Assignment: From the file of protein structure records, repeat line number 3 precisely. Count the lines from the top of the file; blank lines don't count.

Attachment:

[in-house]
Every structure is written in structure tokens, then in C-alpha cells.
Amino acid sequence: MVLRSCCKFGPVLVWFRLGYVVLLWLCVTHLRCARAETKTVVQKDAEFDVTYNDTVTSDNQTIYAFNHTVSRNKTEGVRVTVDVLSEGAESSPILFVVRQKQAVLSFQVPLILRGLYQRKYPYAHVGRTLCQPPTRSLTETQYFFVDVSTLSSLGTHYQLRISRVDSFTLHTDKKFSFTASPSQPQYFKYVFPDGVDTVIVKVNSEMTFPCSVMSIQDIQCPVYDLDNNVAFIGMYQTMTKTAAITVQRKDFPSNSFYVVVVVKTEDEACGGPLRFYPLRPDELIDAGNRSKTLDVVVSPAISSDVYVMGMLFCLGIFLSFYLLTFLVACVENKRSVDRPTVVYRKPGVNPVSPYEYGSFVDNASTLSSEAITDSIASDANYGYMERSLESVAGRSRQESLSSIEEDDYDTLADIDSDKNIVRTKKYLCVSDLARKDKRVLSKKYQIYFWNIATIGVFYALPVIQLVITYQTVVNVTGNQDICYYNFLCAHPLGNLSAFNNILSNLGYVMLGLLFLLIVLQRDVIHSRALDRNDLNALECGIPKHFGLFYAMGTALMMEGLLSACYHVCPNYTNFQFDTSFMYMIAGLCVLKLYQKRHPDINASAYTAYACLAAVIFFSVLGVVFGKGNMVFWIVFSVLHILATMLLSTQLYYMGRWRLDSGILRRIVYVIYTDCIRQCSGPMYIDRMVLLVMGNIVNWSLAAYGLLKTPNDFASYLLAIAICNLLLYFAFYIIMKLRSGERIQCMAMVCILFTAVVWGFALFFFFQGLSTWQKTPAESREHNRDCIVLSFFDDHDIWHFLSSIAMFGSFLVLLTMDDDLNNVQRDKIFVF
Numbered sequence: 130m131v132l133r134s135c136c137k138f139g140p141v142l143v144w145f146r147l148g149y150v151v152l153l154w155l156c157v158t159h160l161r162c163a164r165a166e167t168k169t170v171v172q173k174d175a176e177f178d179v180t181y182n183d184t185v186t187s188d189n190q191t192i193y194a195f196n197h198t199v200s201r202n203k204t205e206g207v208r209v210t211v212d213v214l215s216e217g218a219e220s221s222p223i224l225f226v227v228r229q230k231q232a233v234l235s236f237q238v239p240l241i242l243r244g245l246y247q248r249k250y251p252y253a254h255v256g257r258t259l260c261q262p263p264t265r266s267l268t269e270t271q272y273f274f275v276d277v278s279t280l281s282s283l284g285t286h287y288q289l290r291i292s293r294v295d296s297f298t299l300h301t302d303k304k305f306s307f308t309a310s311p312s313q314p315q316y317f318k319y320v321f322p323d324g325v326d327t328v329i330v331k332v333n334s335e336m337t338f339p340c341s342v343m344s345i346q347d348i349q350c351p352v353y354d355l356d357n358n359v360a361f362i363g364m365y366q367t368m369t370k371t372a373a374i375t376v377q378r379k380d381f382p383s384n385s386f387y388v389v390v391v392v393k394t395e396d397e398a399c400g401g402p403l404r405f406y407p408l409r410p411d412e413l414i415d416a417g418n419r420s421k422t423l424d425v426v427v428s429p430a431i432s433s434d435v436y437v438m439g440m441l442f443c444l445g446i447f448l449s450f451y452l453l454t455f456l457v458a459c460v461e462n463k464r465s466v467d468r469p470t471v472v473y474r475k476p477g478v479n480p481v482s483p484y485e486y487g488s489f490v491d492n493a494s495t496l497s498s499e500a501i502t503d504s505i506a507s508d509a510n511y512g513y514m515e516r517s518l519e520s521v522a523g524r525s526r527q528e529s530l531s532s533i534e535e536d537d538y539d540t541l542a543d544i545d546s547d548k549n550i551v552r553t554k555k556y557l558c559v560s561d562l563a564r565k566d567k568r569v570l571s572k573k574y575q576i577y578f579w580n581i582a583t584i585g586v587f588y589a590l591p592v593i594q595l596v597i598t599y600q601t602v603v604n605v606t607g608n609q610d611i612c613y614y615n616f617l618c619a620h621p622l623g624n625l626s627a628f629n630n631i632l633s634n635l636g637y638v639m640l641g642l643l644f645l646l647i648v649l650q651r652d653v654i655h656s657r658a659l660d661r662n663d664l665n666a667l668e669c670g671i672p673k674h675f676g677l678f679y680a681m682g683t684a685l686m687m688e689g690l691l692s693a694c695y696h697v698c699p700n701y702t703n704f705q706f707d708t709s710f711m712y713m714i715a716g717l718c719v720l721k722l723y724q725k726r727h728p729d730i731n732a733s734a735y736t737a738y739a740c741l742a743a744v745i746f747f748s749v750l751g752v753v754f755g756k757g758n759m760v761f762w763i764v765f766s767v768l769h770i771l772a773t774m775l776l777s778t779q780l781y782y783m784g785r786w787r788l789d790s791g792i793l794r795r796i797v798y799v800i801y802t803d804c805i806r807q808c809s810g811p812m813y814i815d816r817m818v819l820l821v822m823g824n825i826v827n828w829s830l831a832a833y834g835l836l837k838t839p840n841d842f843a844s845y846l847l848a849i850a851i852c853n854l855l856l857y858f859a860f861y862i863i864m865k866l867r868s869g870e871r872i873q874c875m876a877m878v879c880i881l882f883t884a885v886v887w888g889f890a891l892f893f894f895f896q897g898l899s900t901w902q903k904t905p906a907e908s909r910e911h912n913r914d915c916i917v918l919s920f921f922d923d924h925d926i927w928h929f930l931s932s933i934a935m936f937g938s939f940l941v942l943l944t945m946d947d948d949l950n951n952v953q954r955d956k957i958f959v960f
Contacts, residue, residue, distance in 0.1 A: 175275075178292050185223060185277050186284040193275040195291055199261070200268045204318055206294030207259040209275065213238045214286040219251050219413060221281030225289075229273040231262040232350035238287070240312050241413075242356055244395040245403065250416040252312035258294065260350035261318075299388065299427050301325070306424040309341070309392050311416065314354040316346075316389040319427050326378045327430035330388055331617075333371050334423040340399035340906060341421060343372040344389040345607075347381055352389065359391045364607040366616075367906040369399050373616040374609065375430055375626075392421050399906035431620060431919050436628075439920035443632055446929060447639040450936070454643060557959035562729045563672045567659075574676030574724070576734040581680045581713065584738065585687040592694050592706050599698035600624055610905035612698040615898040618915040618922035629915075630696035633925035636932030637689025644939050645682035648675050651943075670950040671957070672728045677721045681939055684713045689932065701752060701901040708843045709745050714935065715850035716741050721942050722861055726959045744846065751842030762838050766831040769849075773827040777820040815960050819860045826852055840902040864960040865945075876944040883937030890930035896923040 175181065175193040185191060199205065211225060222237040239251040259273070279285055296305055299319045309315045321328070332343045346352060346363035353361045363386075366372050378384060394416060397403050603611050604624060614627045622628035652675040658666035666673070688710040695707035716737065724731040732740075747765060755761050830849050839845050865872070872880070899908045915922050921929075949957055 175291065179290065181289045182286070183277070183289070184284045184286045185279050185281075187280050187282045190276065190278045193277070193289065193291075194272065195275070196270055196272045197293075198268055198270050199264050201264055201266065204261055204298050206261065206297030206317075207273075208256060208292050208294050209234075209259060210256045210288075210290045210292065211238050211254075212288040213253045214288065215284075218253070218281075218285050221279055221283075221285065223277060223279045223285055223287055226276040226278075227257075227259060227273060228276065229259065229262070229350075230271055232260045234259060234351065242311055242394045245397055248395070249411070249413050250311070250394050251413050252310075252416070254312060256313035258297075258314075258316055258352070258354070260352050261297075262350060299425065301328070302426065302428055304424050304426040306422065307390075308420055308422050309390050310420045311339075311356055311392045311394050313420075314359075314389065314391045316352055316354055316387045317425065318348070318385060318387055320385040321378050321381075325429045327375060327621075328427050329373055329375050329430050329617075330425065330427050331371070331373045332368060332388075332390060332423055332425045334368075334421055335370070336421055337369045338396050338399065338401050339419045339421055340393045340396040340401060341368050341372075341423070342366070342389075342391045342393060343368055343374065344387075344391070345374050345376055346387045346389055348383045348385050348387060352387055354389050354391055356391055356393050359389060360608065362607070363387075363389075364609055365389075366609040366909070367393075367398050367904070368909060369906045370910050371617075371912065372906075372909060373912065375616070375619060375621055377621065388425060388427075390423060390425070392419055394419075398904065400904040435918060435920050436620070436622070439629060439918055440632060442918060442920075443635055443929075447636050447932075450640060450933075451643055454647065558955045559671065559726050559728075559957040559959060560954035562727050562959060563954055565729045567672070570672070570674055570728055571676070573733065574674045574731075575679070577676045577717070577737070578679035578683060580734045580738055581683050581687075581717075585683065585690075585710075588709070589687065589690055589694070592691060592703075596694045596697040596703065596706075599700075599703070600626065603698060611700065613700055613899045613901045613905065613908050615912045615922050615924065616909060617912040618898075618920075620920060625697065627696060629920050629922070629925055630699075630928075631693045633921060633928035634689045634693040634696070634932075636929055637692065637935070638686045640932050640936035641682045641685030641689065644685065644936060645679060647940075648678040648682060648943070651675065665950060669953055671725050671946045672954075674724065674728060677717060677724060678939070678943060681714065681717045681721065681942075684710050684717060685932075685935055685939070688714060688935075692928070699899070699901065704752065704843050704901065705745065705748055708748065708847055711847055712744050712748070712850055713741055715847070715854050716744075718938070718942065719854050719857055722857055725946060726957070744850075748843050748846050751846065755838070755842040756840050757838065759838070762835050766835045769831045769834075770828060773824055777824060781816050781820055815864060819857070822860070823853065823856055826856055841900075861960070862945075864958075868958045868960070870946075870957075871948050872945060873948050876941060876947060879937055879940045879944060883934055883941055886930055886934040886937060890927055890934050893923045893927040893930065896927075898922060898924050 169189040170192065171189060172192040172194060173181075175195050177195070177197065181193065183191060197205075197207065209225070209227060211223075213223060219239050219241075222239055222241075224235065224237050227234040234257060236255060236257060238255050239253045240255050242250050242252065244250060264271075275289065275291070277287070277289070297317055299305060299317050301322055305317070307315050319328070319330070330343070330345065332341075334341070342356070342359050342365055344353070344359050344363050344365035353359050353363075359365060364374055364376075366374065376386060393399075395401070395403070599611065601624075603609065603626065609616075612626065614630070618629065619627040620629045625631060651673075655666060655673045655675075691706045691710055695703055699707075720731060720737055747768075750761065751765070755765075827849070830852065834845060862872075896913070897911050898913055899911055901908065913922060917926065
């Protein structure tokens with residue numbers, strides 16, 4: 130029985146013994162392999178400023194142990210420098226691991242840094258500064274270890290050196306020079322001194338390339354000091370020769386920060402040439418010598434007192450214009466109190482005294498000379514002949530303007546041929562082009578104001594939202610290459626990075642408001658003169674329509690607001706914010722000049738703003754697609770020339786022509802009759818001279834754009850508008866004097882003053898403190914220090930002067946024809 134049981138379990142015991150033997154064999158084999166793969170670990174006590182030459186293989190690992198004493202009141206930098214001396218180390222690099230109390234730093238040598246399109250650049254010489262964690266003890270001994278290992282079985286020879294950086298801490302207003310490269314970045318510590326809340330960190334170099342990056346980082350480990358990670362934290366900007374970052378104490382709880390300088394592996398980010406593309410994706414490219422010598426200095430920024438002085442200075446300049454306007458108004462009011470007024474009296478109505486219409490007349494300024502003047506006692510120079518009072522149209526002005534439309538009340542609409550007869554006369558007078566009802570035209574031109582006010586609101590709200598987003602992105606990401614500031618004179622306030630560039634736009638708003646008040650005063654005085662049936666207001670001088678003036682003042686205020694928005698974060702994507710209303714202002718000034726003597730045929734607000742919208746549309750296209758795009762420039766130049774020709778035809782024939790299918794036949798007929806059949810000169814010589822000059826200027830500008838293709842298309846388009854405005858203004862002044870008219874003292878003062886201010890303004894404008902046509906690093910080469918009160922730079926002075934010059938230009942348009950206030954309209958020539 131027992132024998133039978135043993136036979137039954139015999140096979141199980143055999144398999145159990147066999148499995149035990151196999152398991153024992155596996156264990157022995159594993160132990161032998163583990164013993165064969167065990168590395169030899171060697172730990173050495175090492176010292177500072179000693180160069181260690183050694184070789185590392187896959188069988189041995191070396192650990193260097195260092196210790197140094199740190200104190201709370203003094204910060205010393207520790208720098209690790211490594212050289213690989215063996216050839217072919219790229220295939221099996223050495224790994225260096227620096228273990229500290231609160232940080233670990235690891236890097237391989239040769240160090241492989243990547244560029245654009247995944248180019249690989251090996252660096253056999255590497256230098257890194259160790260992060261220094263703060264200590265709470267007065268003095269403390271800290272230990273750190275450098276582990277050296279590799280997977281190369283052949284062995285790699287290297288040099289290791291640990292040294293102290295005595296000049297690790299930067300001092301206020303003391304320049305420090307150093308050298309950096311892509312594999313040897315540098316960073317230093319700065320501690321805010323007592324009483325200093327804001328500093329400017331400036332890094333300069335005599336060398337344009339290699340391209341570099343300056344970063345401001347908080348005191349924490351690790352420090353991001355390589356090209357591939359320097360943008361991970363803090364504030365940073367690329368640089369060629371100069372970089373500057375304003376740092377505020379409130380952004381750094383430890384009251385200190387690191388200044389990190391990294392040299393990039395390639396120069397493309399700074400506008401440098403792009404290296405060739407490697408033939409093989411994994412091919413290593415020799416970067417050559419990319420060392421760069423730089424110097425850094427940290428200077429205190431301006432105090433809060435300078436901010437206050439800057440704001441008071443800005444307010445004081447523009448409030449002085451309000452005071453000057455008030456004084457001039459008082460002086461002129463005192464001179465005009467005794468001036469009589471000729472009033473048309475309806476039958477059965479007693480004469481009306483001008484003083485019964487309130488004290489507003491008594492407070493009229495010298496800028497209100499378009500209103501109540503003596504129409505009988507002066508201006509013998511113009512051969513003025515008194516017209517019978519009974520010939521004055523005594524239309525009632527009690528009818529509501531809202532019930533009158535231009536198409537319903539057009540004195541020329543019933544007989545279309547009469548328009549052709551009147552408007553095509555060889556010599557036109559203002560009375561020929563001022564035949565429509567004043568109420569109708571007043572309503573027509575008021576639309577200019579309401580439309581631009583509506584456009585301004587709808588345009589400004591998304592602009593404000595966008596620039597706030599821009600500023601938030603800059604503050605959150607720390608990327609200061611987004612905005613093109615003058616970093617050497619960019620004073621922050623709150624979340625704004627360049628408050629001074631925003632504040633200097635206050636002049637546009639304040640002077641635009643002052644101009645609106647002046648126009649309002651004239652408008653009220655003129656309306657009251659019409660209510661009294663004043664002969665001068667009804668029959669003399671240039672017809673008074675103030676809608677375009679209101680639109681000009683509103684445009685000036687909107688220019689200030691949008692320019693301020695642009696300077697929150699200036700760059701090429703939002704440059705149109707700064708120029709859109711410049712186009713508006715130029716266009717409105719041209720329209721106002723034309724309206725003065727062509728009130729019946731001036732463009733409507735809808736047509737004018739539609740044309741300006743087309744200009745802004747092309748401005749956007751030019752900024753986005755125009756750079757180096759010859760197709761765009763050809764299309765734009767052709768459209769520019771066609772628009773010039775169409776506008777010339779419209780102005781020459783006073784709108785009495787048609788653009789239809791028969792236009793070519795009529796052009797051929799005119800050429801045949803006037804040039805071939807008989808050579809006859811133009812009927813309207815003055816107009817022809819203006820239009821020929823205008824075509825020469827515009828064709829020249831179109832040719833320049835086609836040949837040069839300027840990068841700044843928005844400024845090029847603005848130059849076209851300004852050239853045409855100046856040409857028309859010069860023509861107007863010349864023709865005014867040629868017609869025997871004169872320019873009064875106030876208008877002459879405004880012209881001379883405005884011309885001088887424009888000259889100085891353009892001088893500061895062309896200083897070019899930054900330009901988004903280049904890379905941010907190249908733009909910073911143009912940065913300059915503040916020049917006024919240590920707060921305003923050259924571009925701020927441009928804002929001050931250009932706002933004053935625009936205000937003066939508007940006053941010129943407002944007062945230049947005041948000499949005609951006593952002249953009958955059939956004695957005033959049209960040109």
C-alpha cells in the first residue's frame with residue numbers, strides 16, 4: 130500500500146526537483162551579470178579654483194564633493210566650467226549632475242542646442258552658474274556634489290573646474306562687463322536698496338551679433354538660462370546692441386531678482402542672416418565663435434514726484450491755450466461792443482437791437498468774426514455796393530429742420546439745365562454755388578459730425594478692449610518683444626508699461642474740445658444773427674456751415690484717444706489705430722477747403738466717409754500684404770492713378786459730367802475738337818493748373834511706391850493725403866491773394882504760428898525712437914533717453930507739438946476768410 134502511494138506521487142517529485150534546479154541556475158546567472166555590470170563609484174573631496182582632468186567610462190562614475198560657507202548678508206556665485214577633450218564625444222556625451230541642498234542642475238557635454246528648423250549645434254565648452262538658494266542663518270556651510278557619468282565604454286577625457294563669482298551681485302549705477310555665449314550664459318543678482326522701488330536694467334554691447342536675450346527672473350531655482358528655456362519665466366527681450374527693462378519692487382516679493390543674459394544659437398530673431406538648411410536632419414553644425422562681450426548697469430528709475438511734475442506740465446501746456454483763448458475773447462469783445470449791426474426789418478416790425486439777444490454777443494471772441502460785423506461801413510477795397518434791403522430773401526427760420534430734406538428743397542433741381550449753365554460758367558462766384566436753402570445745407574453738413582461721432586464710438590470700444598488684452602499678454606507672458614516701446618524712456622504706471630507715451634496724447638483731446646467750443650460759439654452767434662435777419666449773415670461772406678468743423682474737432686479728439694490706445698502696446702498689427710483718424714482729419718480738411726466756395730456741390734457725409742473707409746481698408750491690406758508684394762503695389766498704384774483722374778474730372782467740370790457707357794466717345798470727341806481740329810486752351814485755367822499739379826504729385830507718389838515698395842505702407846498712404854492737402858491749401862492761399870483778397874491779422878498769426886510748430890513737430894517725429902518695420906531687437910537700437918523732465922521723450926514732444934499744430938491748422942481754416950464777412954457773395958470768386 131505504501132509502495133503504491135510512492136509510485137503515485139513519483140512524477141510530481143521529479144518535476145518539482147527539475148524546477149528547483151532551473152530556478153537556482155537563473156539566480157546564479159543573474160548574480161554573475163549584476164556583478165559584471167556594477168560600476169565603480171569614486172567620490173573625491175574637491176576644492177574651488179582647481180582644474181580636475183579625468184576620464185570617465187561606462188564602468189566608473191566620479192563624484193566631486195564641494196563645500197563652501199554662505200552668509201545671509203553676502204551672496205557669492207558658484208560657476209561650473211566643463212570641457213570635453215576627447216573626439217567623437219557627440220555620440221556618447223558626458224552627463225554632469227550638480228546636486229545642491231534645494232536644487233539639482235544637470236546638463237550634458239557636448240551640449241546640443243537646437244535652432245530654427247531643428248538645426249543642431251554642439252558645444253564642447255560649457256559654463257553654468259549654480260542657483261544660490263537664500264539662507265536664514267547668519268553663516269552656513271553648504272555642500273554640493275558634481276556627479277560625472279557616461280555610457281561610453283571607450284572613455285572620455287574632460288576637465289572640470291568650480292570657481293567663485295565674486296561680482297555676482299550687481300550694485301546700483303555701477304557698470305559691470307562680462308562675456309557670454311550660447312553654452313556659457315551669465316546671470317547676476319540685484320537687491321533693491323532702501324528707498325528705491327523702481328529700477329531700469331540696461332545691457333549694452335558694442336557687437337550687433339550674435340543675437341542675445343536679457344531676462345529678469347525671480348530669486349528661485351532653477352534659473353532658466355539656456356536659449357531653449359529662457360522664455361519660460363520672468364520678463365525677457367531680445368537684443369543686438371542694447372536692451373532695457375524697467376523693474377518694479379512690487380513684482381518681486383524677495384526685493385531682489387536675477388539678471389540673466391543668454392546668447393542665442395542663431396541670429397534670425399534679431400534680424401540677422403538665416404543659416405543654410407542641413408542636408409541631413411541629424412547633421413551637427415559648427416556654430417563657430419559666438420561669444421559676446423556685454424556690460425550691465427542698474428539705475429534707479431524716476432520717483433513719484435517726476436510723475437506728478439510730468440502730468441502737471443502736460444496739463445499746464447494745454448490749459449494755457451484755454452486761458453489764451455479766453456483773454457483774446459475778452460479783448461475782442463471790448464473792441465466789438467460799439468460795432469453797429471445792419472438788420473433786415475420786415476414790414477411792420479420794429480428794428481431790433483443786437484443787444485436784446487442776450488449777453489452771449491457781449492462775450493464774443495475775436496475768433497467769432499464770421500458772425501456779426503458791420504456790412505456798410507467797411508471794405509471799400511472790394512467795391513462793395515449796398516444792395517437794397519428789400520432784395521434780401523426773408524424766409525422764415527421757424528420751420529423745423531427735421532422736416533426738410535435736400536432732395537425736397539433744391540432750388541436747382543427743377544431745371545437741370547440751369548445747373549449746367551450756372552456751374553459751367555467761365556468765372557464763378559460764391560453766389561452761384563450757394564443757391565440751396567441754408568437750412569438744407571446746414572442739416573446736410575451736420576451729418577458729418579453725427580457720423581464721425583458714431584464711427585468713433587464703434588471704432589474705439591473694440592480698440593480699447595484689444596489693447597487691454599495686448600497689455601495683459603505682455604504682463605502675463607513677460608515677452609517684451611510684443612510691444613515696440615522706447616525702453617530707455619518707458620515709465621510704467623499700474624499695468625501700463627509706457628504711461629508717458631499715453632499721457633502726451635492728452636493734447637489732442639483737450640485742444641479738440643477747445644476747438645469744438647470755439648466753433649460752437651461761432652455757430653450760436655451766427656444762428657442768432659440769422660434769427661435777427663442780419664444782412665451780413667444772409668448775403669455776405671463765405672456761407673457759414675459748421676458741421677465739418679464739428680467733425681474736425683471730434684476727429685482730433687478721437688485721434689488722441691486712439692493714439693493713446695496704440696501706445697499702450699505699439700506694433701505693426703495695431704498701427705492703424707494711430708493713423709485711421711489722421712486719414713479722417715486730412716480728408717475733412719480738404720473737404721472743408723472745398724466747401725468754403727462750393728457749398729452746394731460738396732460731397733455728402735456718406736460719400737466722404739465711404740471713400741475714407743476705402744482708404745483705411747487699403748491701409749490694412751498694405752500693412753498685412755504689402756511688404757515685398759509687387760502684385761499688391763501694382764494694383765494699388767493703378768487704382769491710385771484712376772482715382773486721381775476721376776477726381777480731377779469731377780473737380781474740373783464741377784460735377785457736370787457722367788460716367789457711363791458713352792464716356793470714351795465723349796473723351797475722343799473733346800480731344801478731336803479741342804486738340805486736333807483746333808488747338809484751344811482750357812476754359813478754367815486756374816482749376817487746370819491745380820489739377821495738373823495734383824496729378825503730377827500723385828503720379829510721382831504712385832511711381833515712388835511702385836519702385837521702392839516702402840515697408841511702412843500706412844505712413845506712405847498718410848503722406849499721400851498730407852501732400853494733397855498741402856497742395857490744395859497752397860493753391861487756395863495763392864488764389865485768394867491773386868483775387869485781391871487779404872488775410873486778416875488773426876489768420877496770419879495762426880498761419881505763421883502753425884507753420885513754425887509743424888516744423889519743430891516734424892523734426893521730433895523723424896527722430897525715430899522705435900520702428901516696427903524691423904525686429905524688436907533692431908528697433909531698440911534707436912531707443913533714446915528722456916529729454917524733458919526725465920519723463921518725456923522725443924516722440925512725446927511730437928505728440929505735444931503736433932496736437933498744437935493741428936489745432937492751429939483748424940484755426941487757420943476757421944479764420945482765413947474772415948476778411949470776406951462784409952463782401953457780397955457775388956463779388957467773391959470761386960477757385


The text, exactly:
Amino acid sequence: MVLRSCCKFGPVLVWFRLGYVVLLWLCVTHLRCARAETKTVVQKDAEFDVTYNDTVTSDNQTIYAFNHTVSRNKTEGVRVTVDVLSEGAESSPILFVVRQKQAVLSFQVPLILRGLYQRKYPYAHVGRTLCQPPTRSLTETQYFFVDVSTLSSLGTHYQLRISRVDSFTLHTDKKFSFTASPSQPQYFKYVFPDGVDTVIVKVNSEMTFPCSVMSIQDIQCPVYDLDNNVAFIGMYQTMTKTAAITVQRKDFPSNSFYVVVVVKTEDEACGGPLRFYPLRPDELIDAGNRSKTLDVVVSPAISSDVYVMGMLFCLGIFLSFYLLTFLVACVENKRSVDRPTVVYRKPGVNPVSPYEYGSFVDNASTLSSEAITDSIASDANYGYMERSLESVAGRSRQESLSSIEEDDYDTLADIDSDKNIVRTKKYLCVSDLARKDKRVLSKKYQIYFWNIATIGVFYALPVIQLVITYQTVVNVTGNQDICYYNFLCAHPLGNLSAFNNILSNLGYVMLGLLFLLIVLQRDVIHSRALDRNDLNALECGIPKHFGLFYAMGTALMMEGLLSACYHVCPNYTNFQFDTSFMYMIAGLCVLKLYQKRHPDINASAYTAYACLAAVIFFSVLGVVFGKGNMVFWIVFSVLHILATMLLSTQLYYMGRWRLDSGILRRIVYVIYTDCIRQCSGPMYIDRMVLLVMGNIVNWSLAAYGLLKTPNDFASYLLAIAICNLLLYFAFYIIMKLRSGERIQCMAMVCILFTAVVWGFALFFFFQGLSTWQKTPAESREHNRDCIVLSFFDDHDIWHFLSSIAMFGSFLVLLTMDDDLNNVQRDKIFVF